Blended teaching is a model of teaching that combines traditional classroom teaching with online teaching. The integration of blended teaching is not only the integration of carrier means but also the breakthrough of teaching mode and the expansion of teaching time and space. Based on the theory of education ecology, this paper first analyzes the mixture of college English translation teaching modes and indicates that the college English translation teaching system from the dimension of the language training system, cultivation system, and communication dimensions cultural dimensions of three parts, and communicative dimension culture contains three platforms, four interaction, five links. Then, the hardware and software of the hybrid teaching ecosystem are designed to realize translation teaching. In the test to verify the system performance in this paper, it was found that the overall iteration value of the system presented a rising trend with the increasing number of tests, and in 6 tests, the maximum iteration value of the system in this paper was always 3-12 higher than the maximum iteration value of the teaching system in the traditional protocol data test group. Therefore, the hybrid teaching ecosystem designed in this paper has obvious advantages in reliability and practicality.
... Some studies of video games, such as those by David W. Simkins and Constance Steinkueler (2008) or David Waddington (2015) using John Dewey's philosophy, have shown how video games can present ethical dilemmas that can enhance empathy and tolerance, as well as promote an experimental attitude which is key to self-discipline and cooperation skills (Waddington, 2015). Nicolas Auray (2003) argued that online gaming provides a platform not only for learning the role of a third party, but also for constructing one's identity, autonomy, and citizenship. ...
Research Proposal
Full-text available
In this issue which focuses on video games and the social skills of the youth and their emotions, special attention is given to the comparative dimension based on field surveys, with sociological, historical, and anthropological aspects. Therefore, the proposed articles could focus on the following issues: • How do playing styles differ across continents? Do people play the same game in the same way in Japan, France, the United States or elsewhere? Do these styles reflect specific values and social representations? Alternatively, could playing the same game bridge cultural boundaries by sharing similar emotions? • How do girls and boys engage emotionally with specific games? To what extent do video games reinforce specific emotional dispositions (joy, anger, etc.) depending on the gender and the ethnic and social origin? • How do young people express their feelings about the aesthetics of games? What are the cultural and social impacts on this perception of aesthetics and young people's emotions? How do video game producers or gaming communities take this into consideration? • The professionalization of video games, particularly competitive esport, requires emotional control. What form does this emotional control take during tournaments? How do casters and viewers perceive it? How do coaches train players to exercise this control? To what extent do cultural differences play a role?
... The differences between VR and MR in learning design was highlighted by Hugues, Fuchs, & Nannipieri, (2011) and they emphasised that there is a strong argument available to set aside the technical similarities of the technologies and to treat them separately (Hugues, Fuchs, & Nannipieri, 2011). In many respects, the affordances of virtual reality have been well explored in the literature on the educational use of video games (Waddington, 2015). However, the immersive nature of more advanced VR technologies does appear to enhance these effects (Clark, Tanner-Smith, & Killingsworth, 2016;Martín-Gutiérrez et al., 2017). ...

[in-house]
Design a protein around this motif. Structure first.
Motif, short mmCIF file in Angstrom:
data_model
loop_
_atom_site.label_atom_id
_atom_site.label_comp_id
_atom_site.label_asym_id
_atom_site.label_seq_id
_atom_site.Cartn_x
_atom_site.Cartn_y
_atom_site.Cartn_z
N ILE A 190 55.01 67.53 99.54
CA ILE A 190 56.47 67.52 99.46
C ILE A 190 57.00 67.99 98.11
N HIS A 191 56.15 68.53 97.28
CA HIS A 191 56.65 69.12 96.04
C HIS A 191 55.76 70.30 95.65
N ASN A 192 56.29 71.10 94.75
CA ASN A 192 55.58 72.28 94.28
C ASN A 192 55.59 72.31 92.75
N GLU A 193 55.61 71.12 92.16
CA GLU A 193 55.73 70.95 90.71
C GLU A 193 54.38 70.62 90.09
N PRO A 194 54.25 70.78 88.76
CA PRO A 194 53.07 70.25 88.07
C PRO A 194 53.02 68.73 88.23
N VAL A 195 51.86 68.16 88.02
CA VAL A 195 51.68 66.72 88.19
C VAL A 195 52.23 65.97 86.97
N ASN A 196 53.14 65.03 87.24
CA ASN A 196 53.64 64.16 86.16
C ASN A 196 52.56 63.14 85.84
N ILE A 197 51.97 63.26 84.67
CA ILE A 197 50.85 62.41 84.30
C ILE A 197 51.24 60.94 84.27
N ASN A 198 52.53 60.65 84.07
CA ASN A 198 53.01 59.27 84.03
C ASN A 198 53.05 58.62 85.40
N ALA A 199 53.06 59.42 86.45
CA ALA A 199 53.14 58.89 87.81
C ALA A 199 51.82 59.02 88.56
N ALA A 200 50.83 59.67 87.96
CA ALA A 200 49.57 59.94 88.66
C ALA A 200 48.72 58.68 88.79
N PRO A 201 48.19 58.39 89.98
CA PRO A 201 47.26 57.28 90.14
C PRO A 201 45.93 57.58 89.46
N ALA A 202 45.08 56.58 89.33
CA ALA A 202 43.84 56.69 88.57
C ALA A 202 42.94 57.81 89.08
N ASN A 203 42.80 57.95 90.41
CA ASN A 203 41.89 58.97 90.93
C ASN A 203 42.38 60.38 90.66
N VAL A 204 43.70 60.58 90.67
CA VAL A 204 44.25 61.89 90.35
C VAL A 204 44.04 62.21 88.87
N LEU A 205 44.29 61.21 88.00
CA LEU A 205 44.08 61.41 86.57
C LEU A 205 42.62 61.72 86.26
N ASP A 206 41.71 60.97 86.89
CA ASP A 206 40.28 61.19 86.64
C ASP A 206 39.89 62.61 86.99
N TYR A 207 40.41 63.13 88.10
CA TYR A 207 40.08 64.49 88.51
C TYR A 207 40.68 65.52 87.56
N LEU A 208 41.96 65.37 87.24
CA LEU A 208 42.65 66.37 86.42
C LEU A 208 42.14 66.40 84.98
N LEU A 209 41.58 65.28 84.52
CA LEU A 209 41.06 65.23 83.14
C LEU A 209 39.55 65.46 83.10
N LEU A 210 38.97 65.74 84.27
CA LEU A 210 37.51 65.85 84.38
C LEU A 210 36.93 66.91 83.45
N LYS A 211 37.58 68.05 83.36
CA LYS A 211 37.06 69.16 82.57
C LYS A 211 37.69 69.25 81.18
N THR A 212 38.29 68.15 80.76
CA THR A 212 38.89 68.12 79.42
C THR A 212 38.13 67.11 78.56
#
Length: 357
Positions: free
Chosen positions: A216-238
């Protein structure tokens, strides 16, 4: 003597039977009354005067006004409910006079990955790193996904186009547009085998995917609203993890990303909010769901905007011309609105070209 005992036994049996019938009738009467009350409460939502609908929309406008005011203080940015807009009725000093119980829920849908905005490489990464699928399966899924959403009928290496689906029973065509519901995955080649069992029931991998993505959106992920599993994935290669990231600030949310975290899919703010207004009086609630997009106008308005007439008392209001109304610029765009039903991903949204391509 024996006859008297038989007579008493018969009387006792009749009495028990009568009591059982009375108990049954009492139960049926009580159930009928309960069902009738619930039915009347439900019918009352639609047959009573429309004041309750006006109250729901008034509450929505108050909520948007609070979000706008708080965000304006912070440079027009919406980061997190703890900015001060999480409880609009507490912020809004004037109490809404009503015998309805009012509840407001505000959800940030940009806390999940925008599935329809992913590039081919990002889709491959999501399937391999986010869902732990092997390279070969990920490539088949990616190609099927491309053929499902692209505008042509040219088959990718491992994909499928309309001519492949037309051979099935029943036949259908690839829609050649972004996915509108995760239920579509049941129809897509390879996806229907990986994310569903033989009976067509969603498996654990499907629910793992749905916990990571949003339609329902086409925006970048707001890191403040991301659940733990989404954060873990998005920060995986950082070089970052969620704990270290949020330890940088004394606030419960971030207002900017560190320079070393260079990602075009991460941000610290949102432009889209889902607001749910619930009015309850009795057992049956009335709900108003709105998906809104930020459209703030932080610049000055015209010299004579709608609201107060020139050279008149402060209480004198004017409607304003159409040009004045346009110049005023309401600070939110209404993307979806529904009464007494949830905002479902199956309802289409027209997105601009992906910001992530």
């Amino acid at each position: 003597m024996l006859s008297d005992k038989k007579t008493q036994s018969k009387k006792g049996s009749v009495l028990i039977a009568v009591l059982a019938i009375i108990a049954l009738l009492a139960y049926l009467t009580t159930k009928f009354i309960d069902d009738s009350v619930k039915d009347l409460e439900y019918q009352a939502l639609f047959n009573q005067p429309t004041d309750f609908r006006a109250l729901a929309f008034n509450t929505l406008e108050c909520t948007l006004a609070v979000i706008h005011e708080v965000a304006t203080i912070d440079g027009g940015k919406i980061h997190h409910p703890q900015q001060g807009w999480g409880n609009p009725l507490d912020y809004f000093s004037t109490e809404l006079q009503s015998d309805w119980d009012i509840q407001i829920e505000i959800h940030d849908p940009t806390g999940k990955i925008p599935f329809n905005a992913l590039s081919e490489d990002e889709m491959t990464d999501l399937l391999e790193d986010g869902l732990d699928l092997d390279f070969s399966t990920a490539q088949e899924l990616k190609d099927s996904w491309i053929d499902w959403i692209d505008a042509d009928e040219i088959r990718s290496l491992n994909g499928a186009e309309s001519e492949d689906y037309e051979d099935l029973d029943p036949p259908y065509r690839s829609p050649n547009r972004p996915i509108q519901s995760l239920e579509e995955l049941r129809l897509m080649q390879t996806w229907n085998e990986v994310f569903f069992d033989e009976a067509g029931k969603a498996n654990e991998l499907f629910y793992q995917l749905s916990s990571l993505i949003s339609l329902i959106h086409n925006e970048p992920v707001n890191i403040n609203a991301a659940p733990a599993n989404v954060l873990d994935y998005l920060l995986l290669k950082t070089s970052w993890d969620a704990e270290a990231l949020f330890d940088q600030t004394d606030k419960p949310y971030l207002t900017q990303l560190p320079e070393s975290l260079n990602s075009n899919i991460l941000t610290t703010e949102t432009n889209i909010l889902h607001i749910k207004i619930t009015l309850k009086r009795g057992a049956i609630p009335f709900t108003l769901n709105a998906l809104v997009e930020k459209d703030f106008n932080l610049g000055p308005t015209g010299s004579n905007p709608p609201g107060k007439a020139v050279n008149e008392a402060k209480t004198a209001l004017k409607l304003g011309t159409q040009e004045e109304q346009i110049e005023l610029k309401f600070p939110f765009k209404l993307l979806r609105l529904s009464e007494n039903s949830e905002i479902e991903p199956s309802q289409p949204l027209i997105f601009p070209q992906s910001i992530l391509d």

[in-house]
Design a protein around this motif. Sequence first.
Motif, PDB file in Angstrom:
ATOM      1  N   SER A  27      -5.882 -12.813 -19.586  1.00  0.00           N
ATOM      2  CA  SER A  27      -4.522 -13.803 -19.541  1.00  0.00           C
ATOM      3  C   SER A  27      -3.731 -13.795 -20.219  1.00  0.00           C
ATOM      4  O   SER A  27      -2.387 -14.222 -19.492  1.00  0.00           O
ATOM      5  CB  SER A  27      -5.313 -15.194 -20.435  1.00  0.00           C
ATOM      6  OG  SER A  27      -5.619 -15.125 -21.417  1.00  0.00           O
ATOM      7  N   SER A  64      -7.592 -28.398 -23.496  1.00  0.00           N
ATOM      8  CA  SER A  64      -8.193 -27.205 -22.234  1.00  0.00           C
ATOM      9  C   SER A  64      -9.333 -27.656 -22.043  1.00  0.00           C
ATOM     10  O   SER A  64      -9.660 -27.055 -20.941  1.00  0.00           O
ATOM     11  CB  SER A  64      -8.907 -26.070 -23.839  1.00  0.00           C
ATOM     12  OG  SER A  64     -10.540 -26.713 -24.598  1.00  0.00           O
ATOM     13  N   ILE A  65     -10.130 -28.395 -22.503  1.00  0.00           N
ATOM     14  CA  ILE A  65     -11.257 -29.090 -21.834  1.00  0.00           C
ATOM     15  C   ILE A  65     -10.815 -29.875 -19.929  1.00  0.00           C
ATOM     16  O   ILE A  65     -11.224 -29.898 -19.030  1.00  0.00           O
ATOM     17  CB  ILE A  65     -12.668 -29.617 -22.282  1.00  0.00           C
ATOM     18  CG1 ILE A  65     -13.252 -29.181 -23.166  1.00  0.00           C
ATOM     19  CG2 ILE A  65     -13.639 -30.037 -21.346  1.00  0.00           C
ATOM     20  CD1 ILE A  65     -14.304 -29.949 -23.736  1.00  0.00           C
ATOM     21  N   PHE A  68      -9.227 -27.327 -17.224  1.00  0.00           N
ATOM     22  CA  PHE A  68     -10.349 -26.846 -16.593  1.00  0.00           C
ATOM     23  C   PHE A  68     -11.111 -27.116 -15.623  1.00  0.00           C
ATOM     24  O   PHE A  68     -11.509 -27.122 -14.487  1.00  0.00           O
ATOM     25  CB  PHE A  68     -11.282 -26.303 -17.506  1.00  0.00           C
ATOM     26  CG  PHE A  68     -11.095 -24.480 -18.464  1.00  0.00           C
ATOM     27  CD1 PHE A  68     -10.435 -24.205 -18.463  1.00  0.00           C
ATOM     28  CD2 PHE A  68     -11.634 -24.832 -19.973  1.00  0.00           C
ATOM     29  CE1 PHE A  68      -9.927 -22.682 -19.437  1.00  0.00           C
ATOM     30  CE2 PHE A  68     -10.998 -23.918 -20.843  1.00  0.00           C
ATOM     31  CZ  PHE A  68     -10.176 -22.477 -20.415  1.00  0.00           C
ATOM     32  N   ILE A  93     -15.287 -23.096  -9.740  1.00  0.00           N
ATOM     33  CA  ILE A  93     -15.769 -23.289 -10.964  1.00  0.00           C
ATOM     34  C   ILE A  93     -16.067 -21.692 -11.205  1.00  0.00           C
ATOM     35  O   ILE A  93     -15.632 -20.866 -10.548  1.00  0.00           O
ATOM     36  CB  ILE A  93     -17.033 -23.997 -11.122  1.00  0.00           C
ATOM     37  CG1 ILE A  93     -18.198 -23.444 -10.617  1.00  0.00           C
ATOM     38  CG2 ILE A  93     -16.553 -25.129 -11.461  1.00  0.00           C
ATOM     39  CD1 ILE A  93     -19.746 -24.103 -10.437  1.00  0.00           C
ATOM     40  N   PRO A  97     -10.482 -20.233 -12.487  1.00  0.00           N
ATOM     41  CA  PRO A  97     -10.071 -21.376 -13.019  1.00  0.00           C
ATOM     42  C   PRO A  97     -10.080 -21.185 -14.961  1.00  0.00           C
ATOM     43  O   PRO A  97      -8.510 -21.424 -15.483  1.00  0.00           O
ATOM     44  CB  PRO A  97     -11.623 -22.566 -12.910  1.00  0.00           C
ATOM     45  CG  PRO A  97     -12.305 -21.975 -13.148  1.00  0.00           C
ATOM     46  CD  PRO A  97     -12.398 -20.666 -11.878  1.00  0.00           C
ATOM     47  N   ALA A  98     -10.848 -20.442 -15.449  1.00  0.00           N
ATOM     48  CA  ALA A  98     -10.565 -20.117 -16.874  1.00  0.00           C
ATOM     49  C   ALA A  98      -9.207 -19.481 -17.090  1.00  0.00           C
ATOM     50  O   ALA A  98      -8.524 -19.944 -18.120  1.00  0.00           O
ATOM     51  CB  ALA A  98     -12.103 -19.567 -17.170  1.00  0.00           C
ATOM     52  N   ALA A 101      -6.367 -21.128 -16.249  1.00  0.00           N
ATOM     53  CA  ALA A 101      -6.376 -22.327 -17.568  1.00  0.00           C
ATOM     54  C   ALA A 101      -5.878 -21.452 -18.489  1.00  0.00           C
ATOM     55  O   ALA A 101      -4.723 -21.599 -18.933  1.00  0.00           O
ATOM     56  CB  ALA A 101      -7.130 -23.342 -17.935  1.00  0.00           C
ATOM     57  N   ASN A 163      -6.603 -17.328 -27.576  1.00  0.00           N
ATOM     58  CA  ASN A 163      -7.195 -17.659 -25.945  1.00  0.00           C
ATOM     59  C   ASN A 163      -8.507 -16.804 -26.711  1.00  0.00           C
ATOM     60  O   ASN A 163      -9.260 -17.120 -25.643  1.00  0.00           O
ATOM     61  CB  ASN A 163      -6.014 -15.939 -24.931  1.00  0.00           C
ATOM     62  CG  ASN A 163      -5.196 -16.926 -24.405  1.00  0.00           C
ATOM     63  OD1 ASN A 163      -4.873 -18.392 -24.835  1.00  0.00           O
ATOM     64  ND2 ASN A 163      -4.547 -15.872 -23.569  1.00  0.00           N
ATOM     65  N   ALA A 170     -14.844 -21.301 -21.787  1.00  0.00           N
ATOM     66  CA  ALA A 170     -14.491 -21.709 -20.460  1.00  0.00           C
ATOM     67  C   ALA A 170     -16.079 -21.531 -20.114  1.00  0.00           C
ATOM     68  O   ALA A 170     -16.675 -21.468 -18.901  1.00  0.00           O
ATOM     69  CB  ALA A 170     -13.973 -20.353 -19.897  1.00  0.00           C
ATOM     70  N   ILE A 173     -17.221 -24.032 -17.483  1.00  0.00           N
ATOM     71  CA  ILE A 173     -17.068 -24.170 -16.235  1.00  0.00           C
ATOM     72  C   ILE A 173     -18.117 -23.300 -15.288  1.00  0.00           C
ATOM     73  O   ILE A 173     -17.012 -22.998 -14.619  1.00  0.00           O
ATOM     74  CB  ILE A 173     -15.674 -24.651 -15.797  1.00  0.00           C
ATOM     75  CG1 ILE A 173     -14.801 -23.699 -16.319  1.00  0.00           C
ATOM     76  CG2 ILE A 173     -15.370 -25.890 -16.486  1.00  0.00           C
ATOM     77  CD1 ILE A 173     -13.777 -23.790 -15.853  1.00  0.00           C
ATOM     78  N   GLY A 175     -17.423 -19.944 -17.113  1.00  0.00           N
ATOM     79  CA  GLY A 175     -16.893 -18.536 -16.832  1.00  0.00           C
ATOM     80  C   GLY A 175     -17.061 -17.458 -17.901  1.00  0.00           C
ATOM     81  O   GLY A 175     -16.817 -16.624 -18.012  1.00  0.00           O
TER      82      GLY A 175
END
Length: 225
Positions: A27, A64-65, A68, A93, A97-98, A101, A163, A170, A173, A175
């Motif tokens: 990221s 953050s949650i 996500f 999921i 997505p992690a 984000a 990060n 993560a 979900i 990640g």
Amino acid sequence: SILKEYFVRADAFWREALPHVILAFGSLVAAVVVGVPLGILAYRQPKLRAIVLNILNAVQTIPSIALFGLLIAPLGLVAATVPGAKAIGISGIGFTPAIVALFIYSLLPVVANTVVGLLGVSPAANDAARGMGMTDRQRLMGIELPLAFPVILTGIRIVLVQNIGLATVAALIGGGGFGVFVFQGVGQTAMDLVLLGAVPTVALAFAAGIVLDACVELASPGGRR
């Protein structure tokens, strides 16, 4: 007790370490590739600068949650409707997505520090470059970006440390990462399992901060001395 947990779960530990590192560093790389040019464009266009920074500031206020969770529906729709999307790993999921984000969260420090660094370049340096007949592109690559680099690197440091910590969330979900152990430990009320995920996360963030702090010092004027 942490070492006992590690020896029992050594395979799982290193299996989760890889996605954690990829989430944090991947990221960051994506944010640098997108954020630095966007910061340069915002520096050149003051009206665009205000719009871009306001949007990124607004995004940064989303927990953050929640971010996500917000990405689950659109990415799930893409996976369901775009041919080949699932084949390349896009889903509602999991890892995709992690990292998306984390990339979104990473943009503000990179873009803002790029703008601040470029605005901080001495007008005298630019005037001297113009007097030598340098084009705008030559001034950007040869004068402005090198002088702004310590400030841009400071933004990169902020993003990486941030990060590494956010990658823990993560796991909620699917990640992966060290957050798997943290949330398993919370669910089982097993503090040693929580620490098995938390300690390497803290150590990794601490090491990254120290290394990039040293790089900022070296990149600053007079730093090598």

Full-text available
The use of Mixed Reality (MR) in Information Systems learning and teaching pedagogies is becoming more widely accepted as providing a reflection of possible realities. The aim of using MR in learning design is to extend the student experience by helping them not only to ‘see the unseen’ through the capacity of MR but also to visualise and interact with complex and abstract concepts. This study expands on the current literature by applying design science to use, survey and evaluate Microsoft HoloLens, a MR device, in an Information Systems classroom. The significance of this study is the use of MR in an Information Systems class to understand and learn the technology and provide an authentic learning experience to prepare the students for technological disruption and the future of work. Student survey responses were positive, with high student satisfaction in the classroom, demonstrating critical and creative engagement with the technological limitations and challenges with the user experience. This paper concludes with suggestions of specific pedagogical models that could be used in Information Systems education.
... Los juegos de simulación se proponen representar una tarea, un rol o unas determinadas acciones adscritas a un trabajo concreto en un entorno virtual complejo, aparentando un entrono real. Este espacio virtual permite el desarrollo de la autonomía, la puesta en práctica de estrategias de ensayo y error, la exploración de soluciones alternativas y la motivación por logro de objetivos (Martín y Prieto, 2014;Sanina et al., 2020;Waddington, 2015). Debido a esas posibilidades de simular y hacer transcender las nociones adquiridas en el mundo virtual al real, este tipo de juego se ha sido utilizado en 8 de las investigaciones presentes en este estudio (9 %) (Campos et al., 2020;Clarke et al., 2016;Habes et al., 2020;Janssen et al., 2015). ...